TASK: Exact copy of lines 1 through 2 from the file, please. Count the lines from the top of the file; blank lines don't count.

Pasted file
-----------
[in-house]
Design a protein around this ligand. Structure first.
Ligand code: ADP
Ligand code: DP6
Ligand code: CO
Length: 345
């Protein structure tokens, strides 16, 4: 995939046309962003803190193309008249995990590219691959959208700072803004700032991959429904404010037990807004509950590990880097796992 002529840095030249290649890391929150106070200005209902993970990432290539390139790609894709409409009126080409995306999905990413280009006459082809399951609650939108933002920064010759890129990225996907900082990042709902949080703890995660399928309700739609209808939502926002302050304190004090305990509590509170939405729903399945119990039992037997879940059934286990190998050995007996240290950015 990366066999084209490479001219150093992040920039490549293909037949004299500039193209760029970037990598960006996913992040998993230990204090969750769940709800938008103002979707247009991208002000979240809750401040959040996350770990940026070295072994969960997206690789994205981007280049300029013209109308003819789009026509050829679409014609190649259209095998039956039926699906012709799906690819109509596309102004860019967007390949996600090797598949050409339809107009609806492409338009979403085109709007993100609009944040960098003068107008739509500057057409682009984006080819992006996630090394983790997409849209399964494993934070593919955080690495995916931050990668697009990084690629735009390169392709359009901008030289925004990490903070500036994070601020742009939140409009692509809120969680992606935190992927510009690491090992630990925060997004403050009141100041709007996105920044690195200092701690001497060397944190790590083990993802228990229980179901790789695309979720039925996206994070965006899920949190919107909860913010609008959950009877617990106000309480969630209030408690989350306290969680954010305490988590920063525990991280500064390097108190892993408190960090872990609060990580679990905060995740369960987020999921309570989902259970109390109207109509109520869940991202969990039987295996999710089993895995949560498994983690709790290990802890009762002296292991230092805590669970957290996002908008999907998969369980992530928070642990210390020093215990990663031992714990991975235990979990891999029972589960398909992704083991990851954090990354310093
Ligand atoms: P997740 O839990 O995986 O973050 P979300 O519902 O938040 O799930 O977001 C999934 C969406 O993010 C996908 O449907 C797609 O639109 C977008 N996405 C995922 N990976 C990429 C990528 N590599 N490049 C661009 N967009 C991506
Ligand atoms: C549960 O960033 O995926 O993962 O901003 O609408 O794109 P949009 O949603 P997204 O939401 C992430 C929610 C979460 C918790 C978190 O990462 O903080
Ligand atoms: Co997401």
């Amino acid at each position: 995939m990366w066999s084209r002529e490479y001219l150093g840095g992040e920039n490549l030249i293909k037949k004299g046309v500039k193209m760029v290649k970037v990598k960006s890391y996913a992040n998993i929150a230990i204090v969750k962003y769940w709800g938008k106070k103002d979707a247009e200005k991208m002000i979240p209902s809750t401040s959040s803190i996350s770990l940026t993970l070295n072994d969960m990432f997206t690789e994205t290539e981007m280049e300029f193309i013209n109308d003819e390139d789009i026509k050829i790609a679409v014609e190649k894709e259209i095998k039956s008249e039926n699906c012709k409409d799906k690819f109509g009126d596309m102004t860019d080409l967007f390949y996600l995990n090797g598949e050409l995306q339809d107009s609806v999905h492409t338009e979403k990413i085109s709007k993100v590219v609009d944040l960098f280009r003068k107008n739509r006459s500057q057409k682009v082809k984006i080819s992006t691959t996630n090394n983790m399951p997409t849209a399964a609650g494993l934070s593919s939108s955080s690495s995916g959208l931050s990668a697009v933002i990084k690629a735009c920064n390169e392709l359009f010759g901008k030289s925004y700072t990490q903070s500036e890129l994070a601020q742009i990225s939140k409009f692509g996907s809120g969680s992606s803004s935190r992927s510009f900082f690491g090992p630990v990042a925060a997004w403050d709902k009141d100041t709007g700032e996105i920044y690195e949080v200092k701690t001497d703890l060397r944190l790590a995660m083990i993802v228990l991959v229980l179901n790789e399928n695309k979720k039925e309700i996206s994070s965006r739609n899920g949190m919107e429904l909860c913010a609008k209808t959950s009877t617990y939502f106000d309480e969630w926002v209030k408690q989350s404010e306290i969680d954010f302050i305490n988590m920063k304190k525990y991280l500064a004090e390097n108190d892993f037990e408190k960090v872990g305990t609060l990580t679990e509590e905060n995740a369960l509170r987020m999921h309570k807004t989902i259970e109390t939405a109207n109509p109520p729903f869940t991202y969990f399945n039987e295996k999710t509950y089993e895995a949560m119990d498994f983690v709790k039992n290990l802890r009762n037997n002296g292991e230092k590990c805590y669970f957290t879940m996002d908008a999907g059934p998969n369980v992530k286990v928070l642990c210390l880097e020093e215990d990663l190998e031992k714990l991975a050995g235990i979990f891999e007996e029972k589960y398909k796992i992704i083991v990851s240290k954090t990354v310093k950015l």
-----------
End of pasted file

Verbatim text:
[in-house]
Design a protein around this ligand. Structure first.